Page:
The whole of the Western world’s attention has been focused on a sixteen year old girl from Sweden, Greta Thunberg. She suffers from Asperger’s syndrome, a form of mild autism; one in every thousand worldwide. In common with other autistic people, those with Asperger’s have difficulty reading other people and are frequently perceived as socially awkward and prefer repetitive behaviour and routines, which can be difficult to change. However, they may, like Greta, see positives in having, as she puts it, a ‘differently wired brain’. They often have intense and highly-focused interests, and find that pursuing them becomes fundamental to their wellbeing and happiness. This said, she’s an absolutely stellar candidate to spearhead a movement like Extinction Rebellion the protest movement that brought half of London to a standstill last weekend and the loss of billions to local commerce since its inception in November 2018. Whoever thought the name up is worthy of a job in Madison Avenue. The apocalyptic, precipitous first word is beautifully matched with the second – a magnet for disaffected youth, who want to tear down existing structures but aren’t quite sure yet, being a little bit undereducated, what to replace them with. She has been compared, unrealistically, to Malala Yousafzai, the campaigner for female education who was recruited by BBC Urdu at her mother’s instigation, to write an anonymous blog as an eleven year old living in fear in the Swat valley. Subsequently, she was shot in the head by the Taliban, won the Nobel Peace Prize and a place at Oxford. Their only superficial point of similarity is that they have both suffered as a result-in one case, of a genetic and environmental disability -the other from physical trauma.
Greta has been fêted around the world in the eight months since she started skipping school each Friday to protest in Stockholm. I asked myself ‘what if I had done that?’ I once skipped school and got caught. I had to mow my housemaster’s lawn every week for six weeks and I didn’t get to start an anti-lawnmower protest movement or a petition to ‘leave the poor grass alone’. She met the Pope last week and has addressed the European parliament and the World Economic Forum in Davos. She met a fistful of British MPs who were mightily impressed, the significant absentee being the PM who was in a Cabinet meeting. Apparently, she travels by train whenever she can, to reduce her own (quite modest) carbon footprint. Mr Jeremy Corbyn fawned avuncularly over her, such was his glee at finding someone of sixteen who might be capable of voting for him – he wants to give it to all of them, it seems. Had I been given the vote at sixteen and I took the trouble to exercise my franchise, I think I might well have voted for the lady with nice breasts or the man in the top hat belonging to the Monster Raving Loony party.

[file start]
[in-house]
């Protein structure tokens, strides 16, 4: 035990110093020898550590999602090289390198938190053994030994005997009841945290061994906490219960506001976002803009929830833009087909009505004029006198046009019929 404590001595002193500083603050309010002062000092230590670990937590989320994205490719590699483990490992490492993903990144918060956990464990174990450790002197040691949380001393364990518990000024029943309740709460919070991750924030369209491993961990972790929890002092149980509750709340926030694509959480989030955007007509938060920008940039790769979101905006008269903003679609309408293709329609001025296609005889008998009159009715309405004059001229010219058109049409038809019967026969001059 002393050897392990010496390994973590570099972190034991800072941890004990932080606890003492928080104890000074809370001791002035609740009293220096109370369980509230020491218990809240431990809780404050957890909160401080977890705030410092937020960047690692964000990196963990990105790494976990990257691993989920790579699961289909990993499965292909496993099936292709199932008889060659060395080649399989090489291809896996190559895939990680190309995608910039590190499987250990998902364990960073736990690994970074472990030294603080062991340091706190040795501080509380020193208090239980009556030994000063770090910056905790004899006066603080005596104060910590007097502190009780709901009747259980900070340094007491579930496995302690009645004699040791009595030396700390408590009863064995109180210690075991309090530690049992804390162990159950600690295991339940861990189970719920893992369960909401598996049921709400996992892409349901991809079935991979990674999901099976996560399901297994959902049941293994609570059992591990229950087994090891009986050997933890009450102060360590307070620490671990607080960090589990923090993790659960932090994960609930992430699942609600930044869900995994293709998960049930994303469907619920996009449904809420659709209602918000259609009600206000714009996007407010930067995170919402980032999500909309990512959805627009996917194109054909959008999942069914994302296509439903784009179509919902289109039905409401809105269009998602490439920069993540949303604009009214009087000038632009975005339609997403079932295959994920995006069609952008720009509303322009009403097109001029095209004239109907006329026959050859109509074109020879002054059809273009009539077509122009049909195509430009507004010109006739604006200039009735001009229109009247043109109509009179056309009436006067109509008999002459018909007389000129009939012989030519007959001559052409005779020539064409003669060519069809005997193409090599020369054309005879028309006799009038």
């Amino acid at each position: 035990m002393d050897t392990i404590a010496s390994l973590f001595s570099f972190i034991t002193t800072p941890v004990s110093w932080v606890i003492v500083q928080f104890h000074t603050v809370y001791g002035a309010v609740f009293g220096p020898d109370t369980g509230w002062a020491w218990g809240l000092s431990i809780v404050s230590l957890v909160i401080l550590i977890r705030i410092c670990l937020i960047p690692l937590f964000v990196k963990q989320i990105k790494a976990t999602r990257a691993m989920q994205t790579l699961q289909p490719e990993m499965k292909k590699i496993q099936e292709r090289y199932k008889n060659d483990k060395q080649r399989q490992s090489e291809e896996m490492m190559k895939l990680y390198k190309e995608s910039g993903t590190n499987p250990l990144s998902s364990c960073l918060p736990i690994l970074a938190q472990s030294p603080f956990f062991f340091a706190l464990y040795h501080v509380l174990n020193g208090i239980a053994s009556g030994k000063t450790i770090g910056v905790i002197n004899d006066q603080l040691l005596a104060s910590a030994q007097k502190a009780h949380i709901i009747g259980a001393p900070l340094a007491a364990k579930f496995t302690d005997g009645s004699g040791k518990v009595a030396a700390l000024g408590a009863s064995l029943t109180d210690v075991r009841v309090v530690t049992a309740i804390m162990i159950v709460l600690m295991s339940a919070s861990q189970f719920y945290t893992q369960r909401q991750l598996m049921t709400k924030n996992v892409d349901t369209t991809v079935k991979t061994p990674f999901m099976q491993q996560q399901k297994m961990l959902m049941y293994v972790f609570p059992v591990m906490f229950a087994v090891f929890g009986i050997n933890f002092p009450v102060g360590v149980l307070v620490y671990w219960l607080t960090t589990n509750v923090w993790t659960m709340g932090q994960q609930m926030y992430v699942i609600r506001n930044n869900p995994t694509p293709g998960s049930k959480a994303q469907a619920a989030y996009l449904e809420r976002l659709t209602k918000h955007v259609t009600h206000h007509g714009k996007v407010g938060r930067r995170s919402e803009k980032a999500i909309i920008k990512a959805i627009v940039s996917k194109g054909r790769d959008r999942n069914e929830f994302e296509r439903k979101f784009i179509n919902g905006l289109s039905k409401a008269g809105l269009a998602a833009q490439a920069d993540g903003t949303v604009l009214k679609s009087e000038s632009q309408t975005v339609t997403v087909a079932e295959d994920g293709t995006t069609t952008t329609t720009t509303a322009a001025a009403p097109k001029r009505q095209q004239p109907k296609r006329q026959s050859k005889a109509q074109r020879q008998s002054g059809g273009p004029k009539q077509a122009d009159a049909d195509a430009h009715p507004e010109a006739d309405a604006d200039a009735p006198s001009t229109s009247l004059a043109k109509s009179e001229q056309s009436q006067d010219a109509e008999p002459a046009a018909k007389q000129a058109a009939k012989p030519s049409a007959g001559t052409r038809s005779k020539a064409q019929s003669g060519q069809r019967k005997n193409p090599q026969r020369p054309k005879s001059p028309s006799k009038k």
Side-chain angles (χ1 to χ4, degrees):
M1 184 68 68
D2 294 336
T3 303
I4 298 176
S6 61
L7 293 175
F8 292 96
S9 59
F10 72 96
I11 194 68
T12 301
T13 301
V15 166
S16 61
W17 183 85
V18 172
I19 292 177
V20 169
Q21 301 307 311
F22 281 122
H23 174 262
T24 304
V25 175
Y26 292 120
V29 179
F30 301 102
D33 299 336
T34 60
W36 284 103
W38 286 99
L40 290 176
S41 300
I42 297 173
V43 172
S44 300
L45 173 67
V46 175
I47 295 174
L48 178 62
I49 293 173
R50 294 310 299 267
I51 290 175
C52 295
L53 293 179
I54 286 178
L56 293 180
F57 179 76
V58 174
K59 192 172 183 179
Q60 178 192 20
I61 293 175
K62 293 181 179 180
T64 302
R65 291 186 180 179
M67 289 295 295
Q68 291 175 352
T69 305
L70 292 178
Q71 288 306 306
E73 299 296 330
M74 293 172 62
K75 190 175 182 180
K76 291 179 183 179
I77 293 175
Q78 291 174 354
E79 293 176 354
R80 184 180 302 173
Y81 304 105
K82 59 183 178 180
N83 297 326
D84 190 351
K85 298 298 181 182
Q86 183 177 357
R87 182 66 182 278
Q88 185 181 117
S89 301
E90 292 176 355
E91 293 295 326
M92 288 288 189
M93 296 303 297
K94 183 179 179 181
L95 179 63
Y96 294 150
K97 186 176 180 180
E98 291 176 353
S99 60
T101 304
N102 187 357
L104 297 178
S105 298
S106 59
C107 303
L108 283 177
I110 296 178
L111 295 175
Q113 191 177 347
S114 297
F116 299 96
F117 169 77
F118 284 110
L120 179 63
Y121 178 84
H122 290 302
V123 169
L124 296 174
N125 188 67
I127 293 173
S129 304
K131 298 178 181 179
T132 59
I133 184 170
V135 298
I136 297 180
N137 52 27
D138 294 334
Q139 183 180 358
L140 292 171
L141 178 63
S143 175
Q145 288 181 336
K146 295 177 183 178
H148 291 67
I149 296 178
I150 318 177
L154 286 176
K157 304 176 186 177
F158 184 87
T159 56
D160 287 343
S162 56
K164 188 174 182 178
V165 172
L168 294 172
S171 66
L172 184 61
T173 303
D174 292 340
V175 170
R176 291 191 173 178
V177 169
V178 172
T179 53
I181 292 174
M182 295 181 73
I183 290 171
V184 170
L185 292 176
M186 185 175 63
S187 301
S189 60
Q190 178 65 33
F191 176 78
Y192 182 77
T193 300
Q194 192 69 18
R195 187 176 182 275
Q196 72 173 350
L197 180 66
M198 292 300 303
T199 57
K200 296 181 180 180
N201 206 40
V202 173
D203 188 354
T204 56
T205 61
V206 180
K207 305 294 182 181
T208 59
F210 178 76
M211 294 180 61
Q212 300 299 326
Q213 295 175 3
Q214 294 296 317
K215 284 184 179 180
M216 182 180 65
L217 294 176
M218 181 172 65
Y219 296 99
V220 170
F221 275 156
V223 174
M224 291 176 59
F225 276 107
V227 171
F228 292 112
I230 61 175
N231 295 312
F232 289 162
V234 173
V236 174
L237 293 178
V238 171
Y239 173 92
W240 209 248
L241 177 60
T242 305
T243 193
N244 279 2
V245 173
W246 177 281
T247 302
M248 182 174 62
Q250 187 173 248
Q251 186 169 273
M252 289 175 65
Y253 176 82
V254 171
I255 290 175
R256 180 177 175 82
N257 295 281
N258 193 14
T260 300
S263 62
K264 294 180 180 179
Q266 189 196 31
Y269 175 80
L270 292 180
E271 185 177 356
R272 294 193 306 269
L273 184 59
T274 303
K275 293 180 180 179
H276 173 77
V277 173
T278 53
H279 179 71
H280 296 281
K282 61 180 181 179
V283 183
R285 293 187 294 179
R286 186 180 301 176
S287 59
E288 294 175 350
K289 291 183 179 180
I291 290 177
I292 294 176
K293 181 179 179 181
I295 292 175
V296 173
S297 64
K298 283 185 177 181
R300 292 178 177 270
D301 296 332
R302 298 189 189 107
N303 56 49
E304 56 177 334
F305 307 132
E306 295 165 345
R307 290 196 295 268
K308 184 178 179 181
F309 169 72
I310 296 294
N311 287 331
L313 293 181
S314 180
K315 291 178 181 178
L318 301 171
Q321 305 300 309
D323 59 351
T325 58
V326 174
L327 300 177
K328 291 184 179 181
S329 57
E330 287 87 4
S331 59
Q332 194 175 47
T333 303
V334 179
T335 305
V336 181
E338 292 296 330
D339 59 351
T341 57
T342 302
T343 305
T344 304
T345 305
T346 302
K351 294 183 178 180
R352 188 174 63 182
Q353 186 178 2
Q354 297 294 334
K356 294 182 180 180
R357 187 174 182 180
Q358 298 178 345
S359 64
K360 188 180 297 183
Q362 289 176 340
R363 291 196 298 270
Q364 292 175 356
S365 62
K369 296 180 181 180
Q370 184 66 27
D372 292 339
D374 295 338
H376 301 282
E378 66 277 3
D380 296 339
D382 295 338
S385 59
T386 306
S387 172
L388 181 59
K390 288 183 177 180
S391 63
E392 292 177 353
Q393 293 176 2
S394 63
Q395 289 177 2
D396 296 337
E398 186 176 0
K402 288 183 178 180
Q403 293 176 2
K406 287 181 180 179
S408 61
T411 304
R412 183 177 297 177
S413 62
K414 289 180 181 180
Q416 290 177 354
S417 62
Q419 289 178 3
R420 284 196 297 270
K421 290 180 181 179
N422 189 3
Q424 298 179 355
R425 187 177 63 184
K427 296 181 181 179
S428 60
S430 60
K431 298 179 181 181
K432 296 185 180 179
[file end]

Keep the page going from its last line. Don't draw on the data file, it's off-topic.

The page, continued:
The serious point to make here is that both girls’ popularity has been developed and fuelled by the Great Satan of our times, the barnacle of Social Media which has attached itself to the ship of a third or more of the planet. It warrants capital letters because it is as much of a demigod as Diana of the Ephesians. Out of a tiny acorn, a mighty oak can grow with bewildering speed and wizardry, in spite of the fact that it relies upon a simple but effective logical fallacy, the more people get behind an idea, the more righteous the idea becomes; a blizzard of affirmative likes, emojis and“aaahs”. The Nazis used it to considerable effect; the difference being that propaganda is a wilful child in the hands of people who have no idea of its power, whereas the Nazis knew exactly what they were doing.
In 2016, The UK held a referendum on whether to leave the EU, as everybody in the world who hasn’t been living under a rock, knows. The Vote Leave campaign won, not by reasoned debate, not by gentle explanation, not even by spurious and quite misleading financial incentives but by a social media campaign, deliberately orchestrated by someone paid to do it, the political strategist Dominic Cummings, brilliantly portrayed by Benedict Cumberbatch in the movie “The Uncivil War”. The result tipped Leave into the winners’ enclosure and the rest, all muddle, recrimination and plot is still with us.
Yes. Of course we all need to be aware of as many facts as we have at our disposal to deal with climate change – if it is possible. Of course, we applaud activists who campaign for education for all; it is after all, a basic human right to have access to educational material. What is manifestly not right is the cynical manipulation of quite worthy issues in cyberspace to snowball them into vast, unstoppable behemoths of social and political unrest. Big Brother is watching you and pushing the snowball down the hill.